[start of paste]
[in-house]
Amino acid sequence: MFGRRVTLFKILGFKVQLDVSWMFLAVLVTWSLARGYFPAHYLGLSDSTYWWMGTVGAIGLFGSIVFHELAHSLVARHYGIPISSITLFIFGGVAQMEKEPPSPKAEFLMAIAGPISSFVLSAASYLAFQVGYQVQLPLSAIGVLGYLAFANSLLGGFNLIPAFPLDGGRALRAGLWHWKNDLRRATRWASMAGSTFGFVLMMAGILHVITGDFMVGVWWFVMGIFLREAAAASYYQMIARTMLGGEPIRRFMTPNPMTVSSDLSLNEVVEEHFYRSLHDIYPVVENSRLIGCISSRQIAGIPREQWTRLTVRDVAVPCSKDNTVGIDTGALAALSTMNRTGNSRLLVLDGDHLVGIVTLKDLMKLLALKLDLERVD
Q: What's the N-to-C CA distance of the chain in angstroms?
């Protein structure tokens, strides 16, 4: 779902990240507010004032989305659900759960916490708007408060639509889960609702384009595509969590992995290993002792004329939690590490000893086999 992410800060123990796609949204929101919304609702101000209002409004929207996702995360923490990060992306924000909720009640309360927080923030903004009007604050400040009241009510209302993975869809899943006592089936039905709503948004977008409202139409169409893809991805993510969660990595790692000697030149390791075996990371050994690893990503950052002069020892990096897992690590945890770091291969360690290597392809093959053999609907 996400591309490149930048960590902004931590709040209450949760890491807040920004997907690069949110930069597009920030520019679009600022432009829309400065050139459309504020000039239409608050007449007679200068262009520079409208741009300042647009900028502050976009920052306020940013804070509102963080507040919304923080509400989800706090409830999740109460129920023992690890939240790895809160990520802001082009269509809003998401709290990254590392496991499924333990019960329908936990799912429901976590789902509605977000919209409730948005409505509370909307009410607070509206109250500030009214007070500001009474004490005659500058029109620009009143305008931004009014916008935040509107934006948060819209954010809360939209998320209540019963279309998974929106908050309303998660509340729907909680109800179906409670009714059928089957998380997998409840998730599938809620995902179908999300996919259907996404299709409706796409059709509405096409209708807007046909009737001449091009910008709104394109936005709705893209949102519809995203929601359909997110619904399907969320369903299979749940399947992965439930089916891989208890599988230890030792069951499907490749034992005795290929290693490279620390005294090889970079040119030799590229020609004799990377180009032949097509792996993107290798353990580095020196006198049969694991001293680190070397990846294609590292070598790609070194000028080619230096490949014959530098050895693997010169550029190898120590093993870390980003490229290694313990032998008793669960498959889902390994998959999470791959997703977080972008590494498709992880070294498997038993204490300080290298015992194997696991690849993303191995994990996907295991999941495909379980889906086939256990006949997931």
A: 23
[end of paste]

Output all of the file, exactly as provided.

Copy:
[in-house]
Amino acid sequence: MFGRRVTLFKILGFKVQLDVSWMFLAVLVTWSLARGYFPAHYLGLSDSTYWWMGTVGAIGLFGSIVFHELAHSLVARHYGIPISSITLFIFGGVAQMEKEPPSPKAEFLMAIAGPISSFVLSAASYLAFQVGYQVQLPLSAIGVLGYLAFANSLLGGFNLIPAFPLDGGRALRAGLWHWKNDLRRATRWASMAGSTFGFVLMMAGILHVITGDFMVGVWWFVMGIFLREAAAASYYQMIARTMLGGEPIRRFMTPNPMTVSSDLSLNEVVEEHFYRSLHDIYPVVENSRLIGCISSRQIAGIPREQWTRLTVRDVAVPCSKDNTVGIDTGALAALSTMNRTGNSRLLVLDGDHLVGIVTLKDLMKLLALKLDLERVD
Q: What's the N-to-C CA distance of the chain in angstroms?
């Protein structure tokens, strides 16, 4: 779902990240507010004032989305659900759960916490708007408060639509889960609702384009595509969590992995290993002792004329939690590490000893086999 992410800060123990796609949204929101919304609702101000209002409004929207996702995360923490990060992306924000909720009640309360927080923030903004009007604050400040009241009510209302993975869809899943006592089936039905709503948004977008409202139409169409893809991805993510969660990595790692000697030149390791075996990371050994690893990503950052002069020892990096897992690590945890770091291969360690290597392809093959053999609907 996400591309490149930048960590902004931590709040209450949760890491807040920004997907690069949110930069597009920030520019679009600022432009829309400065050139459309504020000039239409608050007449007679200068262009520079409208741009300042647009900028502050976009920052306020940013804070509102963080507040919304923080509400989800706090409830999740109460129920023992690890939240790895809160990520802001082009269509809003998401709290990254590392496991499924333990019960329908936990799912429901976590789902509605977000919209409730948005409505509370909307009410607070509206109250500030009214007070500001009474004490005659500058029109620009009143305008931004009014916008935040509107934006948060819209954010809360939209998320209540019963279309998974929106908050309303998660509340729907909680109800179906409670009714059928089957998380997998409840998730599938809620995902179908999300996919259907996404299709409706796409059709509405096409209708807007046909009737001449091009910008709104394109936005709705893209949102519809995203929601359909997110619904399907969320369903299979749940399947992965439930089916891989208890599988230890030792069951499907490749034992005795290929290693490279620390005294090889970079040119030799590229020609004799990377180009032949097509792996993107290798353990580095020196006198049969694991001293680190070397990846294609590292070598790609070194000028080619230096490949014959530098050895693997010169550029190898120590093993870390980003490229290694313990032998008793669960498959889902390994998959999470791959997703977080972008590494498709992880070294498997038993204490300080290298015992194997696991690849993303191995994990996907295991999941495909379980889906086939256990006949997931």
A: 23